It was a funny thing, he thought, about telephone operators. They always knew your name, but you never knew theirs. There was the possibility of guessing because their names were often in the paper. The heroes of the latest crisis. For a while he played the game of placing the name to the voice, but he soon tired of it. It disturbed his concentration. Still it did annoy him occasionally that they should gain fame and kudos for doing nothing while he, the true hero, remained anonymous. Being a true professional however, he understood that for him anonymity was essential. If people connected one name, as opposed to the many ‘telephone operators’, with these essential crisis-defusing situations there would no doubt be an outcry from some small minority sectors of the public. The public were a fickle, strange lot he thought to himself.

While all these thoughts casually meandered through his mind he kept his attention on his focal point below him: a window with curtains partially drawn and a small section of dimly lit room beyond, a door and some paving. He needed to move his telescopic sights from one to the next for they restricted his view. He could have seen more with the naked eye or by sweeping the sights around, but he had no need. Anything he missed, another would pick up. Anyway, he knew only too well that he had the necessary focal point.

As if to purposely prove him right, the figure of a man moved to where it could be partially seen just beyond the curtains. Though he could not see the face, Thoms could see that he was well dressed and by the movements that he was not particularly old. His movements were fast and erratic. The man was obviously agitated. Thoms realised it was nearly time for action.
“He’s near the window.” He said to the man on the other end. “I think he’s going to make a move.”
“I thought that was the case.” The man on the other end came back. “The negotiations seem to have failed. I don’t know why. I followed negotiating protocol to the letter.”

Thoms smiled to himself. This one on the end of the line was very aware of being recorded and always made sure he said the right things. Well if cliché jargon is good enough for press releases, then why not for telephone operators?

“I explained that he should not do anything foolish.” The one on the end of the line went on. “That his best option was to submit to the ‘R.A.P.M’ scheme, but he wouldn’t listen.”

Thoms smirked to himself. The ‘Repay All Public Moneys’ scheme was a euphemism for making highly skilled, and previously highly paid professionals work free of charge for the government.

“I think Starik may be coming out shortly.” He heard the one on the end of the line say. “Make sure you do this well Thoms. From what I hear, this one is especially desperate. He owes an incredible amount of money.”

Of course he does, Thoms thought. He knew how it went. Under the clandestine guidance of government officials, Starik would have partaken in all manner of illegal tax minimisation schemes. Of course the Taxation department would reassure him of their legitimacy until the day they decide they are no longer legitimate. By this time Starik has an impossibly high tax bill to pay, plus several charges of fraud and conspiracy to face and so is placed in the R.A.P.M scheme. It was fair enough as well. How else was the government expected to have such highly skilled professionals? It was obvious they could not afford to pay them. It was; Thoms was convinced, for the greater good of society. Unfortunately, some of the greedy misers refused to see it like that and went the way that this Starik had.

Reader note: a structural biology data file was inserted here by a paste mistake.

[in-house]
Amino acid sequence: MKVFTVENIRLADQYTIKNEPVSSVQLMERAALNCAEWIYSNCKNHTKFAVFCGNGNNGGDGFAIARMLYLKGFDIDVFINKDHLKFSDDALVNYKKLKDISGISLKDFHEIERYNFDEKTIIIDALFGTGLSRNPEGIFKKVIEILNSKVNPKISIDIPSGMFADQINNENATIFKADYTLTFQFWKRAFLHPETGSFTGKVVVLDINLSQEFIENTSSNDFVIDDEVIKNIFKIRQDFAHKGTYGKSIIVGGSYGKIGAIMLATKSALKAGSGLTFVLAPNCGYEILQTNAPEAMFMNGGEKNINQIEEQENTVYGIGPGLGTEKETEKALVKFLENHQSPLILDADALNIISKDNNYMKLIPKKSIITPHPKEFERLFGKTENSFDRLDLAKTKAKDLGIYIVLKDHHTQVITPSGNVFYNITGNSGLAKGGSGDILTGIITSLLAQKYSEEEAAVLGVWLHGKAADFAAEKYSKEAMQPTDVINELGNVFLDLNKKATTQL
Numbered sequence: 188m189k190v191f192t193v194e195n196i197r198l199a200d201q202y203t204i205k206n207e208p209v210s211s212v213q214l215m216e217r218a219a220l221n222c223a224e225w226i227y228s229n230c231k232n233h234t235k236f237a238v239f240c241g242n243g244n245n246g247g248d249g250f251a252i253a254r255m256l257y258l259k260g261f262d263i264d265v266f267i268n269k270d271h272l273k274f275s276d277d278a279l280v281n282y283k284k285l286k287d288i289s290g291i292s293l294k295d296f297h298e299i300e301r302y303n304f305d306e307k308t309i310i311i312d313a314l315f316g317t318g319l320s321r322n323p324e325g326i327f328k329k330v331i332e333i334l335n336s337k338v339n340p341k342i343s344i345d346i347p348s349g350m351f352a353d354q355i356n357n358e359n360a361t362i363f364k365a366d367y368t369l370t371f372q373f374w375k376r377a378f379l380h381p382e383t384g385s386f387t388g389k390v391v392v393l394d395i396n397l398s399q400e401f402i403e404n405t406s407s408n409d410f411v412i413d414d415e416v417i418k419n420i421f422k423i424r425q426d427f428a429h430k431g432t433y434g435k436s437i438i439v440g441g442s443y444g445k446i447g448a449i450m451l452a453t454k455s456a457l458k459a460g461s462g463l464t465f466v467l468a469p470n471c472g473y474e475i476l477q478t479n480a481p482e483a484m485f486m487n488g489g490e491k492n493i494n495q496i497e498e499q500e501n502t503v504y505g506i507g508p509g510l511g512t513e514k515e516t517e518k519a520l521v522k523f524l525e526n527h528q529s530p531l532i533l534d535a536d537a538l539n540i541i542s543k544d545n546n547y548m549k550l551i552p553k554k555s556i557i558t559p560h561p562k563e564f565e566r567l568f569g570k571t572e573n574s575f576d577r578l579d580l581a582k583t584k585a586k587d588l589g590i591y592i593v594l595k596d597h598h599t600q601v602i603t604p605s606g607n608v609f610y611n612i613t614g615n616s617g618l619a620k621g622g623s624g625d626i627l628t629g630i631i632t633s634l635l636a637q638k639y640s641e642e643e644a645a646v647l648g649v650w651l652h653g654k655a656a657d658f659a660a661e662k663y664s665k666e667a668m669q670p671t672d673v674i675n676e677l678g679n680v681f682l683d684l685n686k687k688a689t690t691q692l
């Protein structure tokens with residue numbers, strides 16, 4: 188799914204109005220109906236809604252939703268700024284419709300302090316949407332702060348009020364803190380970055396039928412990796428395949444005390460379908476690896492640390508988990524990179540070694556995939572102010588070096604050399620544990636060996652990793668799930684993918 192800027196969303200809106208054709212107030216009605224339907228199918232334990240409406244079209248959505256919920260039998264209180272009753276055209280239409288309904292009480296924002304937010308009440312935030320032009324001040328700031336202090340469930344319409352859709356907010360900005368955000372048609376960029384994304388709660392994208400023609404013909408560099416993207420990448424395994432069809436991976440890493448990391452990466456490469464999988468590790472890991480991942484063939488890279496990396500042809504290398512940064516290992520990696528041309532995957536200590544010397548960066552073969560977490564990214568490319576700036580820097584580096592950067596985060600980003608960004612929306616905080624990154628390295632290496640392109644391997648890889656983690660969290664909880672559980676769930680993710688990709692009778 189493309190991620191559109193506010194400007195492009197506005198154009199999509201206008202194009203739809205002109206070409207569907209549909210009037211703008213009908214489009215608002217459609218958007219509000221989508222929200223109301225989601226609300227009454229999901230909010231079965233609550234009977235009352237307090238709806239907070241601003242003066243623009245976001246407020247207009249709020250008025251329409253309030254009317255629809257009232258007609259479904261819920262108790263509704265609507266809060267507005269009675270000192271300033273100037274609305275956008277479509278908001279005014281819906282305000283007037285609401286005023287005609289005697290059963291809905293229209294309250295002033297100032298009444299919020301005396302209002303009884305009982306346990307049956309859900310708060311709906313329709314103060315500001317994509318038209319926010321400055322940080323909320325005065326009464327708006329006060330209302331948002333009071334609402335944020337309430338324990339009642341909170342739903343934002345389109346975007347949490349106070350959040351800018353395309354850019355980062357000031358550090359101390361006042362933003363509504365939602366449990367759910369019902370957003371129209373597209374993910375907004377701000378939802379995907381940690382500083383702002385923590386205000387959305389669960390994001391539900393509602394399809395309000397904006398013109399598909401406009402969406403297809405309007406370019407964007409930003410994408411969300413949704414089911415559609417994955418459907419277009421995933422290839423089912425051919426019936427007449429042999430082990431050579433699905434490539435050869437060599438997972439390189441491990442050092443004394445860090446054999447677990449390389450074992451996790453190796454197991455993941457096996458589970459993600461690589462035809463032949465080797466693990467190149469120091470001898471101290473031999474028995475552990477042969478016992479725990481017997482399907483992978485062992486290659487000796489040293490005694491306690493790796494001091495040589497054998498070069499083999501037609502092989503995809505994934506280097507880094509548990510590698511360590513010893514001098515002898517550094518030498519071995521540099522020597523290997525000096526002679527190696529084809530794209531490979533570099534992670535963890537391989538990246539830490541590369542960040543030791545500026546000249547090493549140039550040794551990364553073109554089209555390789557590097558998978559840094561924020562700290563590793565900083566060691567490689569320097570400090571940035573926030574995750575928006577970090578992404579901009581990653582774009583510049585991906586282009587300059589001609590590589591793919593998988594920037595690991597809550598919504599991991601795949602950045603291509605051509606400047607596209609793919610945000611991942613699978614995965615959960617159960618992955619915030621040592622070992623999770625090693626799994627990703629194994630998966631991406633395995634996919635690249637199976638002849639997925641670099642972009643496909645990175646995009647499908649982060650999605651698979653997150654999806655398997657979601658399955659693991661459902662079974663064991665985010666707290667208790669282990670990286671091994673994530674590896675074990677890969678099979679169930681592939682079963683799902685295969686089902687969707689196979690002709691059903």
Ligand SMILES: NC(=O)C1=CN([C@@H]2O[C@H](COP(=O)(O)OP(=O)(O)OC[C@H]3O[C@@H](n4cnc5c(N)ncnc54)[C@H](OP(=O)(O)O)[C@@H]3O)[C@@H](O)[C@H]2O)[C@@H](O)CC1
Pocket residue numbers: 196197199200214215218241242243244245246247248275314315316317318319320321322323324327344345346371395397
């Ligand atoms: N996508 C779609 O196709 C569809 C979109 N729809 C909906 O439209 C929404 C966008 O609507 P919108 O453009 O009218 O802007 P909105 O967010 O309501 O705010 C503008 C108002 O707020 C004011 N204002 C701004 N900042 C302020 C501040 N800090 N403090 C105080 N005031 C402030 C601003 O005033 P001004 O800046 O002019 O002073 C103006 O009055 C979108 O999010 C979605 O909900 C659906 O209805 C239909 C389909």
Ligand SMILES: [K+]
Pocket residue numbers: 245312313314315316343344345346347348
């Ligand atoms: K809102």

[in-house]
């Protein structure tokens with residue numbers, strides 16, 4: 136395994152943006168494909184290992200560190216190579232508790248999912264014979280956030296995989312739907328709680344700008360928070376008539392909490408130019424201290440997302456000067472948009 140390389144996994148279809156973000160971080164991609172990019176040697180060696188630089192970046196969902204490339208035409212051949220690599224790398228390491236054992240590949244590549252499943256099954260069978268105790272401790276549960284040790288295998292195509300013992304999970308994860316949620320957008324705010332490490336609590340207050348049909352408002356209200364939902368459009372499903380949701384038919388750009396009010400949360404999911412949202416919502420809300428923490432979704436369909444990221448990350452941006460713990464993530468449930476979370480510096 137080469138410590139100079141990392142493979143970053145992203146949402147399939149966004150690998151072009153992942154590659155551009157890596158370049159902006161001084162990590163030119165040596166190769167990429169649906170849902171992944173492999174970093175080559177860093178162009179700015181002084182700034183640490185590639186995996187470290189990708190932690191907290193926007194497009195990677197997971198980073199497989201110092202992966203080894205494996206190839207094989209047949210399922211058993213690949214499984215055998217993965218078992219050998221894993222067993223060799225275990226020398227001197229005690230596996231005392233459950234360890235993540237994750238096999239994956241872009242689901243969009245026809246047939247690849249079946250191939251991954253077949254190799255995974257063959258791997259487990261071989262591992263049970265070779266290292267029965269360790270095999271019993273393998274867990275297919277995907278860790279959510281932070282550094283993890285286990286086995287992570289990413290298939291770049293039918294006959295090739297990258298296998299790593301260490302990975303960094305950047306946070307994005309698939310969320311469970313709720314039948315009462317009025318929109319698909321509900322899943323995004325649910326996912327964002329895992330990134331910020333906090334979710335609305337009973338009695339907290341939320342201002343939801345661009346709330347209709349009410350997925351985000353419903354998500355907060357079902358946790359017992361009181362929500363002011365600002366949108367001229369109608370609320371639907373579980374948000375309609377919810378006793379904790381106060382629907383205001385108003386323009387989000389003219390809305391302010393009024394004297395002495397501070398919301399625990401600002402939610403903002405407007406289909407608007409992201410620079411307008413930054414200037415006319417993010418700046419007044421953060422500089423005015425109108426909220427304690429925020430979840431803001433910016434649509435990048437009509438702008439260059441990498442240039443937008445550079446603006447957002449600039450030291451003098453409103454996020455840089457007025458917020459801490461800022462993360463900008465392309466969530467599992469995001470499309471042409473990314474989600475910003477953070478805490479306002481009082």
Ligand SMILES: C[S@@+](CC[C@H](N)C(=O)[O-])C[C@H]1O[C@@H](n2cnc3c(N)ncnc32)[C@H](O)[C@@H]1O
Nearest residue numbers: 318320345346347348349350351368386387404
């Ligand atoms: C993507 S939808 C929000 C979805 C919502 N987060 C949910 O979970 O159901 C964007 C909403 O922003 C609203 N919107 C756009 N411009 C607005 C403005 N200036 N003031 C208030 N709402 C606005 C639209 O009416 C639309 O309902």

The figure had now disappeared from the window. Thoms moved his sights to the door and sure enough, the door began to slowly open. Starik emerged. In his right hand he had a gun, which was pointed at the head of the young petite woman he had in a headlock with his left arm. He was turning his head wildly and shouting words, which from that distance, could not be heard. Thoms laughed. They were all the same.

Carefully Thoms focussed his sights on the exact spot he wanted to hit. Confident of his target, he gently squeezed the trigger. With detached interest, he watched through his sights as the woman’s head blew apart and she slipped out of Starik’s grasp. Thoms then put his gun down as several policeman rushed Starik, thrusting him to the ground while handcuffing him.

Thoms stood up and stretched himself. He smiled at yet another job well done. Despite the questioning of some of the others, he was proud of the law declaring that there were no victims but the state. It made his job so much easier and society that much better. Now Starik and others of his ilk had no excuse for not paying their dues.

No Victims


Kelmscott, Australia

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Artist's Description

A short story about an assassin

Artwork Comments

  • artmetro
  • purpleneil59